Soup queue – the church tries to feed all the children every day. Don't you love the little chap with his cap on sideways – clutching his piece of bread and so hungry he's about to leap into the soup pot!

Singing to gladden you heart.

Ronda has sent some wonderful video snippets some of which I have stitched to the original Jamey video. It will be uploaded to this page on the forum by tomorrow (Monday). I hope you will return to watch it. The singing of the women at the Methodist Church and their obvious joy and celebration of the blankets will surely gladden your hearts.



A newborn baby benefits from knit-a-square


This adorable little baby was born to a young women and was 5 days old (born Friday 15th) when this photograph was taken. The mother Cynthia, is 18 years old. The baby's name is LETABO which means Happiness in South Sotho (pronounced SU-TU).

Ronda gave Letabo this quilt, which was sent within a huge consignment from Judy Adams of Beautiful Saviour Lutheran Church in Illinois with 205 squares, extra wool, material and this patchwork quilt.

Judy wrote to say that it was enclosed as one of their members could not knit or crochet, but wanted to participate and so created this beautiful soft quilt. Now it is wrapped around little Letabo to ease her passage into a hard world. I hope Judy if you read this you will pass it on to your member who made it with thanks.





Children at Baragwanath Hospital

Our visit to the Charles Hurwitz TB Clinic – annex to Chris Hani Baragwanath Hospital … on 21/09/05


From Ronda:It was amazing – We met with the lovely staff, Lindi, Onica, me, Ms Lesele (CEO of the clinic), Jo, Florence

Mrs Lesele had contacted Josephine to request an Alpha Course be run at the clinic in order to bring strength, hope and spiritual comfort to the staff. They are not given any kind of counseling for stress, or debriefing procedures to help them cope with the trauma of losing a high percentage of patients, most after months of nursing and close relationships developing.

We started with a meeting to introduce ourselves – they told us about their work and we told them about you (the knitters) and knit-a-square and explained how it all works.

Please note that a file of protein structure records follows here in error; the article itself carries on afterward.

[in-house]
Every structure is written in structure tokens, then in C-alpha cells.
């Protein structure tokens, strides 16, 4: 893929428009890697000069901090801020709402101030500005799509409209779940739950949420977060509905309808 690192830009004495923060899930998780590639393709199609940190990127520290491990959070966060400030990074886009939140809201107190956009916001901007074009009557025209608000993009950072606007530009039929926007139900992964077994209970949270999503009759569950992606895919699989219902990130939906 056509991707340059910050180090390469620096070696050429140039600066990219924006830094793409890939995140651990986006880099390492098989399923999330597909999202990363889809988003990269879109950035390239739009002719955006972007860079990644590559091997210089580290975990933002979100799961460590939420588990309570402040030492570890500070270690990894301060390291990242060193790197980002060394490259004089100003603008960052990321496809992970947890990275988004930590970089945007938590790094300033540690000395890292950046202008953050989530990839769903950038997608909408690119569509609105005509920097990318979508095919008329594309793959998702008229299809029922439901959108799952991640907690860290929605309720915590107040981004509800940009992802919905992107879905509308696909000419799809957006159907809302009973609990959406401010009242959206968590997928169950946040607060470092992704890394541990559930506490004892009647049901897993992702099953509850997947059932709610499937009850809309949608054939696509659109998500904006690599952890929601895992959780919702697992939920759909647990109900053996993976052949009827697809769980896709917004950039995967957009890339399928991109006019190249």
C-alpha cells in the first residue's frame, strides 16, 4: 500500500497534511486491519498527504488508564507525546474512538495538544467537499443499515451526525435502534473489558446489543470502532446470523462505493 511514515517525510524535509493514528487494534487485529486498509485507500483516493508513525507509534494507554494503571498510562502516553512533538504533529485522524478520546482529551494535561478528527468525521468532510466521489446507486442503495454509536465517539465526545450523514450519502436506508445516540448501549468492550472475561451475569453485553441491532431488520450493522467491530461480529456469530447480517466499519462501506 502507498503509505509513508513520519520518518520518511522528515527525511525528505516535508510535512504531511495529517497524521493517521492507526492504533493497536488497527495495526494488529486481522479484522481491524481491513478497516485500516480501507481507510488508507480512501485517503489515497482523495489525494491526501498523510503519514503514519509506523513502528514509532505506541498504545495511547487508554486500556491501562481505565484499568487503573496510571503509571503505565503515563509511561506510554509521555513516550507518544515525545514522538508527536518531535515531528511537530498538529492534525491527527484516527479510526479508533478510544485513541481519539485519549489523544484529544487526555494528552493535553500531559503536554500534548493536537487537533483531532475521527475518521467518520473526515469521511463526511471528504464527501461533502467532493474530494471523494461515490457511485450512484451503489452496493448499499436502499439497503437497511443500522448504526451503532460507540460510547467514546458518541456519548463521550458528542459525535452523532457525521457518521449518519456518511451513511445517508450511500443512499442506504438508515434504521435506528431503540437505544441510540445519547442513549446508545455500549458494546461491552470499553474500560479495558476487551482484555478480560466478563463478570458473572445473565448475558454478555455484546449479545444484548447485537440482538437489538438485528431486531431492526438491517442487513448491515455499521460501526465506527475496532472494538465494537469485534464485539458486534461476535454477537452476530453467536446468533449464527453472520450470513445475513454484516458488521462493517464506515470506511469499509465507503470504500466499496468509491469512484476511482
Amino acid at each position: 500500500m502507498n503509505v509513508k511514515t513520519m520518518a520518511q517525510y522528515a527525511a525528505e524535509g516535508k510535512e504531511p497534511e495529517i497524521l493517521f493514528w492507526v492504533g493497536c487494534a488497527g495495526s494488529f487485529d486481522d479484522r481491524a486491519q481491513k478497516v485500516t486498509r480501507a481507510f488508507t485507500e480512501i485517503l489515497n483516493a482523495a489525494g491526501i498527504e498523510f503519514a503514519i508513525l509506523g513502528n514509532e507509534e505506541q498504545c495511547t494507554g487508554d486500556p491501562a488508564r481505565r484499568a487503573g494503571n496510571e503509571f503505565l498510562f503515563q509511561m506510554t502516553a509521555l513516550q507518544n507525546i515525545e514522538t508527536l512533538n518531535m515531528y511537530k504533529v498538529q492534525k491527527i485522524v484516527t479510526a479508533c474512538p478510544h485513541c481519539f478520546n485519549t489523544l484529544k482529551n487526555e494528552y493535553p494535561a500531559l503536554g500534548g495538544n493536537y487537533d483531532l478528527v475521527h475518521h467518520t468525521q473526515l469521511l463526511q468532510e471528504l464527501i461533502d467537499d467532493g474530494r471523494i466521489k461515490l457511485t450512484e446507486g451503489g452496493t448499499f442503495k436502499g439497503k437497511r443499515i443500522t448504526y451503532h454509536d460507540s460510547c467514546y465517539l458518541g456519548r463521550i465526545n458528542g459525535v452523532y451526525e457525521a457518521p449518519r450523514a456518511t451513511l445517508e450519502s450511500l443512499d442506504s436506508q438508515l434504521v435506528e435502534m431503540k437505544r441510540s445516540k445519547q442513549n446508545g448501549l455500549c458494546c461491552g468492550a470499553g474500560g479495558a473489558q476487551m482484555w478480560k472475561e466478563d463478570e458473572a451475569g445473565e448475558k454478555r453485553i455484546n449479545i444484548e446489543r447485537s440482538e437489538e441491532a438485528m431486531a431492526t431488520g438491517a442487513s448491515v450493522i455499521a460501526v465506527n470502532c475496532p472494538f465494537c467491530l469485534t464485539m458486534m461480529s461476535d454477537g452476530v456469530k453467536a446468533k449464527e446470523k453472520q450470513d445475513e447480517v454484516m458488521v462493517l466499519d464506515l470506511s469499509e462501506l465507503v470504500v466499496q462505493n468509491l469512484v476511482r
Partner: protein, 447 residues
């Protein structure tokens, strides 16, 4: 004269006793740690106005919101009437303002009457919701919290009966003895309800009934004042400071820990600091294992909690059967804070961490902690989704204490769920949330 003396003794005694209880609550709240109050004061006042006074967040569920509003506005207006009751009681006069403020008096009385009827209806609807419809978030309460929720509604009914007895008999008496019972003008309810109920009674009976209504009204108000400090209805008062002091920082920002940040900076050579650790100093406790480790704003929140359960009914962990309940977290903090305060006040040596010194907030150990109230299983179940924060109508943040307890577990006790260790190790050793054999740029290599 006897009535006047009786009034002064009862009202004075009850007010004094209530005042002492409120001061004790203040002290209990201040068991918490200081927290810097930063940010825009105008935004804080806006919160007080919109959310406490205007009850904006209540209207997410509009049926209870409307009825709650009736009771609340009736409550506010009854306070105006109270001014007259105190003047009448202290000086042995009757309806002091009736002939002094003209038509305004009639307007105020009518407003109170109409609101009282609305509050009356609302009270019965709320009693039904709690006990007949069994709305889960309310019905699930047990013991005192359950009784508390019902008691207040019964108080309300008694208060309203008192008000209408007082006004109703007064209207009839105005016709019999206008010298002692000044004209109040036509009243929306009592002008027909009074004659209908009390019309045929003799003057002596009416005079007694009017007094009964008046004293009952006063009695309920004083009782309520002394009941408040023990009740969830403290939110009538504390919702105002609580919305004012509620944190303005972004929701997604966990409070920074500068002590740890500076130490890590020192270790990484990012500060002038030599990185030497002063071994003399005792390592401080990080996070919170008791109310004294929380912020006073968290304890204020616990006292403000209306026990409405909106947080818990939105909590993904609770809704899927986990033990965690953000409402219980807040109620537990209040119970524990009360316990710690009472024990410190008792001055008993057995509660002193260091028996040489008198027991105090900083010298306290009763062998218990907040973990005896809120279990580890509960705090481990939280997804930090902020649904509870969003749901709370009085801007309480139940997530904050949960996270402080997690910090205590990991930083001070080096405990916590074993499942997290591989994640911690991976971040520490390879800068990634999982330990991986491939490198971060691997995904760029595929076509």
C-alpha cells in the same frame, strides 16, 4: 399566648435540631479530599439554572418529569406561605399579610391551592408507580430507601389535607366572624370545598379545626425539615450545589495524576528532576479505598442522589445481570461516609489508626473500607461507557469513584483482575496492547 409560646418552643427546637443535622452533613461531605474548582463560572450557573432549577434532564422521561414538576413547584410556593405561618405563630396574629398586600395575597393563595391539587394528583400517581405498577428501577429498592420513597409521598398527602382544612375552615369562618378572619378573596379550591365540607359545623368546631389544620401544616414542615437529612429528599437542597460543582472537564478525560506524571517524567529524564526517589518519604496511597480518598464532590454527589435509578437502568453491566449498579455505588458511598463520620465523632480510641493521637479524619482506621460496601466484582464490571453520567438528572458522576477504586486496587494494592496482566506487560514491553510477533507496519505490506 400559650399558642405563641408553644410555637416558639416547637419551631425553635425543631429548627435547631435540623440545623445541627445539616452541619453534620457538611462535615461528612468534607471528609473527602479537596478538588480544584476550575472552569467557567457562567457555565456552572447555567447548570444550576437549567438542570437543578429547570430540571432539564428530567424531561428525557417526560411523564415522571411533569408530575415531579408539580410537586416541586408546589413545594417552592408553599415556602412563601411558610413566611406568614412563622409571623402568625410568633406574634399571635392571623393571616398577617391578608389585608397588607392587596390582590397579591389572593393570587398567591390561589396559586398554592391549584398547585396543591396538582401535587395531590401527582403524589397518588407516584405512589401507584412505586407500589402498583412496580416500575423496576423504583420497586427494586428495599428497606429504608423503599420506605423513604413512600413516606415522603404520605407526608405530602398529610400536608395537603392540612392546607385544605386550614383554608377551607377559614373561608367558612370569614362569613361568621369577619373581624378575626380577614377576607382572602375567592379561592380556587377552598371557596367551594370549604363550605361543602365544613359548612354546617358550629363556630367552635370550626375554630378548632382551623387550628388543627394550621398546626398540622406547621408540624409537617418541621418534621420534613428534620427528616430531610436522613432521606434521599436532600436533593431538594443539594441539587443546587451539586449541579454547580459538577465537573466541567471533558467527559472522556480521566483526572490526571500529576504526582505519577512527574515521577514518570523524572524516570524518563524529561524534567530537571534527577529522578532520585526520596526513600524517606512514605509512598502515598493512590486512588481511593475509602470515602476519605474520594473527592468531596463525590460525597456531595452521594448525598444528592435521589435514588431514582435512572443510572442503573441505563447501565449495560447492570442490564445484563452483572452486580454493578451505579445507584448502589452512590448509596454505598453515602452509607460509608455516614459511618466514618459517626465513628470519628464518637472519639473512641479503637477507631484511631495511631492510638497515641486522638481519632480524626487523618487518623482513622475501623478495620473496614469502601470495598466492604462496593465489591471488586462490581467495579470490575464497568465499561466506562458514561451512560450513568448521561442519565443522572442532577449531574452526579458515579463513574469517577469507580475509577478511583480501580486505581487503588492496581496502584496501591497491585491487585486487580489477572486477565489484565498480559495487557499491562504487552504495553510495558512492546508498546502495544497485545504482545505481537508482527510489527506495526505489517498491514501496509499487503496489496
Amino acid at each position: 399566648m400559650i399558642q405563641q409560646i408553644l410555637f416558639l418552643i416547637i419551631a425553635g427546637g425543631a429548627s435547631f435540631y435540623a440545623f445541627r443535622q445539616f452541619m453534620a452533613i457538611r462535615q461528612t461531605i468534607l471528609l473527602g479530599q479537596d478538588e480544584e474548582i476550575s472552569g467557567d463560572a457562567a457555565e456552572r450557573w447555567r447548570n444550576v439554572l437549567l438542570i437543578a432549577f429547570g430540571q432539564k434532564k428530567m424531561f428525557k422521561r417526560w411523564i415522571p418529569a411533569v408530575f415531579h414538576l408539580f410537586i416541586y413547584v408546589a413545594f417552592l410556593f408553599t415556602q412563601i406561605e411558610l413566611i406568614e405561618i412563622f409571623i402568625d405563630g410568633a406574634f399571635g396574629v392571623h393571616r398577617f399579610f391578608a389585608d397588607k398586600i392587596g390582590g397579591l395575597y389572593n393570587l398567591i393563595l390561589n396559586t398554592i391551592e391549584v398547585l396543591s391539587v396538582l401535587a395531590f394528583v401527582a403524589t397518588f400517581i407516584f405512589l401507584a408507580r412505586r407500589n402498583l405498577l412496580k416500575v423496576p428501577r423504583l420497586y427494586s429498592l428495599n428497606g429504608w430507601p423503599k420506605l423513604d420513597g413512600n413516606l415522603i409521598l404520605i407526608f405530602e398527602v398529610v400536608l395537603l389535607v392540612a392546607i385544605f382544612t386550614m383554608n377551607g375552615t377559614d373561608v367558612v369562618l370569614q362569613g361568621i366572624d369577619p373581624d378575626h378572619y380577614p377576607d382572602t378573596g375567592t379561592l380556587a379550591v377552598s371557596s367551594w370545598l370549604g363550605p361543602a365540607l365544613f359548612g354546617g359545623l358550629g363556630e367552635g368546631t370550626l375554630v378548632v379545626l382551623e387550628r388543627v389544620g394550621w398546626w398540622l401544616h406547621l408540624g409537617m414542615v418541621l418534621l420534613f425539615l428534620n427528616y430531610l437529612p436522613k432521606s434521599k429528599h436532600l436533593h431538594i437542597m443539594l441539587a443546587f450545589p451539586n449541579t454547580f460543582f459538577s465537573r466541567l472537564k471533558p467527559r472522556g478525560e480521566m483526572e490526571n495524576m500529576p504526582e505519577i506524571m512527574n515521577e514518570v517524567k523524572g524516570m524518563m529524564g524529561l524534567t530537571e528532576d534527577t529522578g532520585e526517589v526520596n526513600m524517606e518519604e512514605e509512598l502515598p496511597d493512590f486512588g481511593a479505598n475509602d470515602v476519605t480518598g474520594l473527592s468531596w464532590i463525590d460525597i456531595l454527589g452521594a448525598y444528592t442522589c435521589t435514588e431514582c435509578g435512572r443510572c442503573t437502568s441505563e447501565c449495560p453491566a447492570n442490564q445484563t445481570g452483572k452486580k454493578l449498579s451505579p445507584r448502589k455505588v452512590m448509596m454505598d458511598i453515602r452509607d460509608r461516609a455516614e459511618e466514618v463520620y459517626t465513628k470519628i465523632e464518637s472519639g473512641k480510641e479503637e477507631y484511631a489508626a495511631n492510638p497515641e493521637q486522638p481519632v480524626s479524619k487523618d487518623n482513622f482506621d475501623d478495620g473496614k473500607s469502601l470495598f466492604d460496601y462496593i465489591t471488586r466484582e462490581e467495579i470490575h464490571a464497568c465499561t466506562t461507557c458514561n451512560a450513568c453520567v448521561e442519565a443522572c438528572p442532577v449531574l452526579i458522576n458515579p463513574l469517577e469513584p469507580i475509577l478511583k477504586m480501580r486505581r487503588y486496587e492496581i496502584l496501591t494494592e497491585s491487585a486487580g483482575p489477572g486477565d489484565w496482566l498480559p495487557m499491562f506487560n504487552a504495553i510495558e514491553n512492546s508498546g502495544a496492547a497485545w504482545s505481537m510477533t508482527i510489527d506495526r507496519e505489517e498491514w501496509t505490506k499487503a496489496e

LEFT: Lindiwe with Lalitta Makeleni 15 months (boy) and Erin with Lenamola Faku




Ronda wrote: "We had to wear masks while inside the ward because these children and babies are all TB sufferers themselves. Some of them are seriously compromised not only by TB but coupled with underlying HIV … some are orphans, and one or two have parents in the adult wards. At the moment they have only 9 children on the ward, at times that number swells to 30.

When they are well, the orphans go to foster homes under Social Welfare, but many stay for 6 months or more. The school seems to operate spasmodically but it is part of the childrens' ward set up.


The little girl on the left is two and a half, but very ill and spent time in the walking ring because she's too weak to walk.

These little children seem to embody so much hope, despite their truly devastating circumstances. Wrapped in your blankets, let's find a way to work with them to rise to the challenges that they face as they grow up.


Bigger sweaters and longer sleeves


Many of you may have worried about the short sleeves on the pullover pattern and the fact that they are all very small. It is not that we won't be able to distribute every vest and pullover that has been sent to the many thousands, and more, very small children that need them. But rather that there are older children that need them too.

So for the moment Zanny is going to knit up a larger sweater with longer sleeves so that I can include that pattern on the site. We also have a larger vest pattern which will go up on site and, of course, if any of you have simple, easy to knit long-sleeved sweater patterns, then please, send them to me for inclusion.

Just today, I was contacted by Linda from Canada with a picture of a delightful crochet pullover made of scrap yarns. I have asked her if we can include the pattern on the site.

This is what Ronda has said about the sweaters.

And we promised to go back to the Methodist Parish community, when we had more larger beanies and sweaters … But we need to re-think this in a way, because while the sweater pattern is adorable, the short sleeves make it impractical for a Johannesburg winter weather.

It's already been really cold here and most of the kids do seem to have an ill fitting assortment of track tops which are bulky rather than warm. The sweaters don't fit over the top of them comfortably. They would be ideal for autumn or early spring, but not really in winter. I think you need to have a discussion about a loose-fitting, long-sleeved pullover which might be easy to do.

We have received 10 middle-sized stripey pullovers which are going to old for Ten Thousand Homes, as many of their children are older. Anything we receive which is larger than a 4 year old size, we are saving for that project.

It's a bit of a balance and quite tricky, because we see so many children here in Soweto who could use that type of pullover. Certainly this weekend (18 May) – there were many more children than there were warm items available to give out.


Knit-a-square – a not for profit.


It will be no surprise to most of you, that we must now seriously consider registering both knit-a-square and Soweto Comfort Club as not for profits.